Esophagitis may be caused by chemical injury from ingested substances, gastroesophageal reflux (secondary to general anesthesia,
hiatal defects, persistent vomiting, malpositioned nasoesophageal/pharyngostomy tubes), or esophageal foreign bodies.
Disturbances in esophageal motility may accompany esophagitis regardless of the cause. The reported prevalence of acute
esophagitis is low; however, this is likely an underestimation due the subtlety of clinical signs and radiographic findings
associated with this disorder. Clinical signs vary as to the type of chemical injury, severity of inflammation, and extent
of esophageal involvement. Esophagitis is an endoscopic diagnosis that does not require mucosal biopsy. Mucosal abnormalities
that may be observed include increased erythema, erosions, and alterations in mucosal texture. Lesions are usually evident
in the distal esophagus, adjacent to and including the LES.
Treatment - Mild esophagitis frequently resolves with minimal treatment other than dietary management. Provide frequent, smaller-sized
meals of a low-fat, high-protein content to enhance LES tone and to minimize reflux. Animals having more severe esophagitis
will require drug therapy and gastrostomy tube feeding. Sulcralfate suspension (0.5-1.0 g PO TID) is the most beneficial and
specific therapy for reflux esophagitis. Administer metoclopramide (0.1-0.2 mg/lb per os, SC, TID) or cisapride (0.05-0.25
mg/lb per os BID) to decrease esophageal reflux (by increasing LES pressure) and to promote gastric emptying. Gastric acid
secretory inhibitors (ranitidine 0.5 -1.0 mg/lb PO or IV BID; famotidine 0.25-0.5 mg/lb PO SID; omeprazole 0.35 mg/lb PO SID)
should be given to decrease acidity of gastric juice. The duration of drug therapy is empirical and varies with severity of
signs and endoscopic lesions. Mild lesions are treated for 5-7 days; moderate-to-severe esophagitis is treated for 2-3 weeks.
The prognosis in most cases of esophagitis is good with appropriate medical therapy. Animals having severe disease warrant
a guarded prognosis as stricture or segmental or generalized hypomotility may occur.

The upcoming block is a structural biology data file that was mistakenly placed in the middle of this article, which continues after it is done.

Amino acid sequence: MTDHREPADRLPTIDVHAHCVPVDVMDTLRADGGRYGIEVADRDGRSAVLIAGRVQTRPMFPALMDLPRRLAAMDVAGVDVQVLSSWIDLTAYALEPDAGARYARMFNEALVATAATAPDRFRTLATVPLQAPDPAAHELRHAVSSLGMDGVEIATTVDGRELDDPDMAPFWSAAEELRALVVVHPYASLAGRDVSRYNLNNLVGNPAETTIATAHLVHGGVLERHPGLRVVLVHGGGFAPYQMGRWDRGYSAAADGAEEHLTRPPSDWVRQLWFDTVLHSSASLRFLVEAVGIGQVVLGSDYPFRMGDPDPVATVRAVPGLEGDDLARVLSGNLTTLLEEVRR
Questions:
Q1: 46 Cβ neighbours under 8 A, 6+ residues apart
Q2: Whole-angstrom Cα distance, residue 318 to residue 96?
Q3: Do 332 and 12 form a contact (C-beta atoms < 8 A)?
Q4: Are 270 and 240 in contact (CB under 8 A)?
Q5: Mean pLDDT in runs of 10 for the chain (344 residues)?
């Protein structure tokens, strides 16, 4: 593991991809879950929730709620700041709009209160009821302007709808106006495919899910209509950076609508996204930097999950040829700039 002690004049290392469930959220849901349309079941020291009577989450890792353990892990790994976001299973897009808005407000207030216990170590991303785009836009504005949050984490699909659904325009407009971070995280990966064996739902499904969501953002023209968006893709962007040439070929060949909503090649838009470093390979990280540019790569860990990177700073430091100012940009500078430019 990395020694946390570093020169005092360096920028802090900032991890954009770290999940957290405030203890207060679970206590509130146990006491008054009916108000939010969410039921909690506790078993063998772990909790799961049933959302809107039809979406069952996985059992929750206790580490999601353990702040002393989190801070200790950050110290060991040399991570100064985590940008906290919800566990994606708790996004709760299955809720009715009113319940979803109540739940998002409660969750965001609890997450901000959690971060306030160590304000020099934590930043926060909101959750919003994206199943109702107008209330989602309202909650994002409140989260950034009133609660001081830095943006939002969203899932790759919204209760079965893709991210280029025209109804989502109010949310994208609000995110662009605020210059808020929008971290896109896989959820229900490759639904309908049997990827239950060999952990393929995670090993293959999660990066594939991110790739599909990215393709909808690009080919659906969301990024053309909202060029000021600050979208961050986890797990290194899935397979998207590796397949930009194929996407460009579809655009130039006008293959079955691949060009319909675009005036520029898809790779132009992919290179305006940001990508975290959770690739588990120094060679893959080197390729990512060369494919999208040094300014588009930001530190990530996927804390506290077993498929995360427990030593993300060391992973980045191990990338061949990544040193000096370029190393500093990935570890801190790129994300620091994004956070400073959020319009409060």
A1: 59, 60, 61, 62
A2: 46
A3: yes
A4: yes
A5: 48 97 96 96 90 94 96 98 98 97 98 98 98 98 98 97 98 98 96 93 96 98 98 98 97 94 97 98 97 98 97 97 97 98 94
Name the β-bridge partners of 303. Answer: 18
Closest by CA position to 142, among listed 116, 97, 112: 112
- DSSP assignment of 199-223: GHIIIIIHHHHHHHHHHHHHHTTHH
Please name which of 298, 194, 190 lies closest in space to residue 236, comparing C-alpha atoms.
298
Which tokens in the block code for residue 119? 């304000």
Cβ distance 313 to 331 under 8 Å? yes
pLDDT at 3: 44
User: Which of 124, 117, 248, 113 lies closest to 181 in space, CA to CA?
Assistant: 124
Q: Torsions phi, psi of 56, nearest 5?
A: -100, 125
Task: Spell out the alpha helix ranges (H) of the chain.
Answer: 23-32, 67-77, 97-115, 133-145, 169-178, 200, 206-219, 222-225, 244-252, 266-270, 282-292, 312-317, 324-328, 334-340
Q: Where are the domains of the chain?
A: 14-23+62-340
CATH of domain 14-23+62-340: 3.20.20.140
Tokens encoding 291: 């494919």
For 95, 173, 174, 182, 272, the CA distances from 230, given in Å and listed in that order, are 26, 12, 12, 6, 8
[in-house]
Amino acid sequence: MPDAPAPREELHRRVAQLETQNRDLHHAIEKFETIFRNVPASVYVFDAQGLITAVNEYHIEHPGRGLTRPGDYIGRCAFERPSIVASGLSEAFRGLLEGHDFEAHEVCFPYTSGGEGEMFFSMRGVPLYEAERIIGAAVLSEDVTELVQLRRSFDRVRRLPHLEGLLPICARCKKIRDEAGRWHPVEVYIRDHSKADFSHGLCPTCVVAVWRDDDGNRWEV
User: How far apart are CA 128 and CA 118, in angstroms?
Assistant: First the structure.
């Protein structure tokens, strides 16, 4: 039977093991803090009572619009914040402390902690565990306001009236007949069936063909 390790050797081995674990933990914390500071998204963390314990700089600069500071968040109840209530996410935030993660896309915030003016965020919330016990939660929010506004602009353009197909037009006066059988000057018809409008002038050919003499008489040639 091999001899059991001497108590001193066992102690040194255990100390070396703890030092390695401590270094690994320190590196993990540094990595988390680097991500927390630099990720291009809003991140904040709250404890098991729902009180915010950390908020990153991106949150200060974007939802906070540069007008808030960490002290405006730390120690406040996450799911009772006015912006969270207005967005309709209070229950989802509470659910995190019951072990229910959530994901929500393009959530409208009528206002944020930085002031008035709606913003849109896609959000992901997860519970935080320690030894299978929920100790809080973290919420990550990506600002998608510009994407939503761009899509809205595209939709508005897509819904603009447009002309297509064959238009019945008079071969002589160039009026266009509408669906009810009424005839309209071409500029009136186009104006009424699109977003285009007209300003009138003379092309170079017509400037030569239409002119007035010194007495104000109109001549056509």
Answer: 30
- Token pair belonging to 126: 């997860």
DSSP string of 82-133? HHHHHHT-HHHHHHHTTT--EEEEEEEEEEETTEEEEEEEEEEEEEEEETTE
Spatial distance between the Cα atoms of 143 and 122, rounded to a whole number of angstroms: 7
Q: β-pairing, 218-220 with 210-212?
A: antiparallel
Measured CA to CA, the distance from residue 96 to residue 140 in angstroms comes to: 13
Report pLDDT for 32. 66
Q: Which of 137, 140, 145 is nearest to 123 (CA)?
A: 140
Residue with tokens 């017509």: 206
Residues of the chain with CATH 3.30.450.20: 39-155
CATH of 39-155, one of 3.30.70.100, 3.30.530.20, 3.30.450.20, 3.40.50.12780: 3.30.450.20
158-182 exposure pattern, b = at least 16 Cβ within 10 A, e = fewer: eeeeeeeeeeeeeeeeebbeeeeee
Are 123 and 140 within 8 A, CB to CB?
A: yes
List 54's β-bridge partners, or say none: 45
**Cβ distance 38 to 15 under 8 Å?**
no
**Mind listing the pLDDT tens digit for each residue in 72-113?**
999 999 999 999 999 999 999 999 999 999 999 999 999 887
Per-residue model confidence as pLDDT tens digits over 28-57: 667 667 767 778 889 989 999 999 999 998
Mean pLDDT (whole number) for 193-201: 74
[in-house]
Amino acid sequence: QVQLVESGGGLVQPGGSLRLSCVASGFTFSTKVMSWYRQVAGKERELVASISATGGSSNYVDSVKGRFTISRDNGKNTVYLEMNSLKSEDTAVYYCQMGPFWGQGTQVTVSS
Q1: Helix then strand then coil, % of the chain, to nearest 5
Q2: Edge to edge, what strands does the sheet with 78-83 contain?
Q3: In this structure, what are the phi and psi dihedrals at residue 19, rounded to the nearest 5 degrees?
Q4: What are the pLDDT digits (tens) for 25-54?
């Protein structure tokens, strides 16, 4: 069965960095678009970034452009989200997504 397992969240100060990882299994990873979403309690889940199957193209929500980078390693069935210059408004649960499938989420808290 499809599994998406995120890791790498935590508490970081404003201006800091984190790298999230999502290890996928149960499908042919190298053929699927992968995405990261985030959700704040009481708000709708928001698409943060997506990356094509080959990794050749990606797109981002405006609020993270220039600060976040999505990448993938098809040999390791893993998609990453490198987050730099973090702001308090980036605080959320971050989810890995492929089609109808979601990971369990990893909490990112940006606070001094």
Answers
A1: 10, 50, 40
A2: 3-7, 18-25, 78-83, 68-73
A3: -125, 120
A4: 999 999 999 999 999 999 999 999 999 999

Esophageal Foreign Bodies
Foreign bodies are a common cause for esophageal dysphagia in the dog but are rare in cats. They usually lodge at points of
minimal esophageal distension including the thoracic inlet, at the base of the heart, or at the diaphragmatic hiatus. The
most common objects ingested are bones, fish hooks, needles, sticks, and play toys. Retained foreign bodies cause partial
or complete mechanical obstruction. Muscle spasm and tissue edema occur around the foreign body making passage of the object
down the esophagus more difficult. Mucosal abrasion, laceration, and perforation may occur with sharp or angular objects which
are lodged intraluminally. The severity of clinical signs is related to the size of the foreign body and duration of esophageal
obstruction. Most dogs and cats with large esophageal foreign bodies are presented for evaluation of acute onset of regurgitation,
dysphagia, odynophagia, gagging, and excessive salivation. Survey and contrast radiology show the presence of the foreign
material, aspiration pneumonia and/or evidence of perforation. Esophagoscopy should be performed to confirm the diagnosis
and to assess secondary mucosal damage.
Treatment - Esophageal foreign bodies are medical emergencies and should be promptly removed. Endoscopic removal of foreign bodies
using a flexible instrument which accommodates a variety of retrieval (grasping) instruments is usually successful. Thoroughly
evaluate the esophageal mucosa following foreign body extraction for hemorrhage, lacerations, and perforations. Obtain post-procedural
thoracic radiographs to access for pneumomediastinum/pneumothorax. Restrict food or water for 24 hours depending on the extent
of esophageal trauma. Animals with severe mucosal damage will require complete esophageal rest and gastrostomy tube feedings.
Initiate medical therapy for esophagitis. Esophageal perforations are successfully treated with broad-spectrum antibiotics
such as ampicillin (11 mg/lb SC, IM, IV TID). The prognosis after endoscopic foreign body removal is generally excellent.
Significant esophageal trauma or large perforation carries a guarded prognosis.